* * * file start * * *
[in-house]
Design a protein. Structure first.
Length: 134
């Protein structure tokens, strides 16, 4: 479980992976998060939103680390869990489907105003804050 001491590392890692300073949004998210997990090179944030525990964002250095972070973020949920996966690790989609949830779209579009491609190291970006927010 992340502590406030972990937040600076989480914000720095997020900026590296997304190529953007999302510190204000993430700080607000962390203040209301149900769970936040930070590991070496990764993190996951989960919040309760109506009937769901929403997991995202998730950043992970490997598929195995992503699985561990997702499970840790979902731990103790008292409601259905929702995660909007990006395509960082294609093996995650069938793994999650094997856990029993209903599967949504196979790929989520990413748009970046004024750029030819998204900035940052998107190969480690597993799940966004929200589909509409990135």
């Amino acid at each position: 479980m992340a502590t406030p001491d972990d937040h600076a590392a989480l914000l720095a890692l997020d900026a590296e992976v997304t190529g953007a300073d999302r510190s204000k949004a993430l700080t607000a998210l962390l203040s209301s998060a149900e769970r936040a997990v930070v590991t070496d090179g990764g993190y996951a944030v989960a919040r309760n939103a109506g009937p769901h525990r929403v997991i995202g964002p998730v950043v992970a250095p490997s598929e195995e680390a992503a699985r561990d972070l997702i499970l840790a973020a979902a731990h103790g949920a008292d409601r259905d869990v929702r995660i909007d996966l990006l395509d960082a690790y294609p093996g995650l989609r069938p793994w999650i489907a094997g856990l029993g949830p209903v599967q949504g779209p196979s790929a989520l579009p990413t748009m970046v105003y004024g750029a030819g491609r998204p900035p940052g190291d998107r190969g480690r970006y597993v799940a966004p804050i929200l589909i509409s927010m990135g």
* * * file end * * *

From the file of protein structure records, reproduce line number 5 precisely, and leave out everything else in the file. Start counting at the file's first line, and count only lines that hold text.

């Amino acid at each position: 479980m992340a502590t406030p001491d972990d937040h600076a590392a989480l914000l720095a890692l997020d900026a590296e992976v997304t190529g953007a300073d999302r510190s204000k949004a993430l700080t607000a998210l962390l203040s209301s998060a149900e769970r936040a997990v930070v590991t070496d090179g990764g993190y996951a944030v989960a919040r309760n939103a109506g009937p769901h525990r929403v997991i995202g964002p998730v950043v992970a250095p490997s598929e195995e680390a992503a699985r561990d972070l997702i499970l840790a973020a979902a731990h103790g949920a008292d409601r259905d869990v929702r995660i909007d996966l990006l395509d960082a690790y294609p093996g995650l989609r069938p793994w999650i489907a094997g856990l029993g949830p209903v599967q949504g779209p196979s790929a989520l579009p990413t748009m970046v105003y004024g750029a030819g491609r998204p900035p940052g190291d998107r190969g480690r970006y597993v799940a966004p804050i929200l589909i509409s927010m990135g």